Daniel Lemire's blog

, 3 min read

The perils of filter-then-publish

Why do I prefer the publish-then-filter system, which dominates social media such as blogs, to the traditional filter-then-publish system used by scientific journals? Because the conventional peer review system (filter-then-publish) has disastrous consequences:

  1. In the conventional peer review system, you seek to please the reviewers who in turn try to please the editor who in turn is trying to guess what the readers want. It should not be a surprise that the papers are optimized for peer review, not for the reader. While you will eventually get your work published, you may have to drastically alter it to make it pass peer review. A common theme is that you will need to make it look more complicated. In a paper I published a few years ago, I had to use R*-trees, not because I needed them, but because other authors had done so. When I privately asked them why they had used R*-trees, the answer was “it was the only way to get our paper in a major conference”. So my work has been made more complicated for the sole purpose of impressing the reviewers: “look, I know about R*-trees too!” Several times, during the course of peer review, I was asked to remove material which was judged to be “textbook material”: didactic material is frowned upon in many circles (hint: it is not fancy enough). Be warned: if you find an easy way to prove a result, and it ends up looking trivial in retrospect, your work may become unpublishable. You will need to invent complex related problems to pass peer review. It explains why several important results appear as remarks in long and complicated papers. Either purposefully, or by habit, people will write in a way to make their paper pass peer review even if it makes the work inaccessible. Do you think research papers have to be boring? If so, you have been brainwashed.
  2. The conventional system is legible: you can count and measure a scientist’s production. The incentive is to produce more of what the elite wants. In a publish-then-filter system nobody cares about quantity: only the impact matters. And impact can mean different things to different people. It allows for more diversity in how people produce and consume science. Thus, if you think it would be better if we stopped counting research papers, then you should reject conventional peer review and favor the publish-then-filter system.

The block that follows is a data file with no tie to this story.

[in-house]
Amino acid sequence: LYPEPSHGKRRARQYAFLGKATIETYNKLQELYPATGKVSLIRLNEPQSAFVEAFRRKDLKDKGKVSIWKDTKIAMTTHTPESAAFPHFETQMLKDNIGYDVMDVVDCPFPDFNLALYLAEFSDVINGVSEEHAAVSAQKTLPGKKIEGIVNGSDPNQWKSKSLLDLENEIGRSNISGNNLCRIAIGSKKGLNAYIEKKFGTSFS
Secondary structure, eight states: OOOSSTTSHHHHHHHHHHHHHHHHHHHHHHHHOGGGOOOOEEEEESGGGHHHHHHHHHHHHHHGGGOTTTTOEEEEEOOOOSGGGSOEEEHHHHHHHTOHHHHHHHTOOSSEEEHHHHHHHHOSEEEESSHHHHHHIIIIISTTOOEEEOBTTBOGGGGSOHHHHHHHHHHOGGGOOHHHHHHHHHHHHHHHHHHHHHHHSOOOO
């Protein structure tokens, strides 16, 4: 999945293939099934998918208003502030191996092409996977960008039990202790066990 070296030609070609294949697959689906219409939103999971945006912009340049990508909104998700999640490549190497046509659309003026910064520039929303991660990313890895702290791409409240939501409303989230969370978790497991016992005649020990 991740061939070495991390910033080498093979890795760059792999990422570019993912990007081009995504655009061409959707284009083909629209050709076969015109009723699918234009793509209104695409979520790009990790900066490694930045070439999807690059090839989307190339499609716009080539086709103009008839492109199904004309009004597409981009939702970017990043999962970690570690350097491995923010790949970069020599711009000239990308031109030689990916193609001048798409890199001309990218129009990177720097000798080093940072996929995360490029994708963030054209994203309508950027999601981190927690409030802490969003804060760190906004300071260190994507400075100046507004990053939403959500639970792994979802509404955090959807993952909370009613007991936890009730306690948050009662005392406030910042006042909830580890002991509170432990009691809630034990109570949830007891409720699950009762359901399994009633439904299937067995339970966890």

3. The difference between filter-then-publish and publish-then-filter is analogous with the difference between Soviet central planning and a free market. You either let a select few decide, or you let the market decide. You can either trust that the people will be smart enough, or you can delegate the selection to a few trusted experts.
  4. The conventional peer review system pretends to delegate the assessment of scientists to review boards. Instead of reading each other, we trust brands. The net result is that people hire and promote each others without reading the work. Thus, the conventional system kills any incentive to build a coherent and interesting body of work: you are just a machine that produces research papers as commodities. You know how you succeed in science these days? Take a few ideas, then try every small variation of these ideas and make a research paper out of each one of them. Each paper will look good and be written quickly, but your body of work will be highly redundant. Instead of working toward deep contributions, we encourage people to repeat themselves more and more and collect many shallow contributions. We sacrifice scholarship for vanity.

Further reading: Become independent of peer review and Three myths about scientific peer review.

Source: This post was inspired by a comment made by Sylvain Hallé.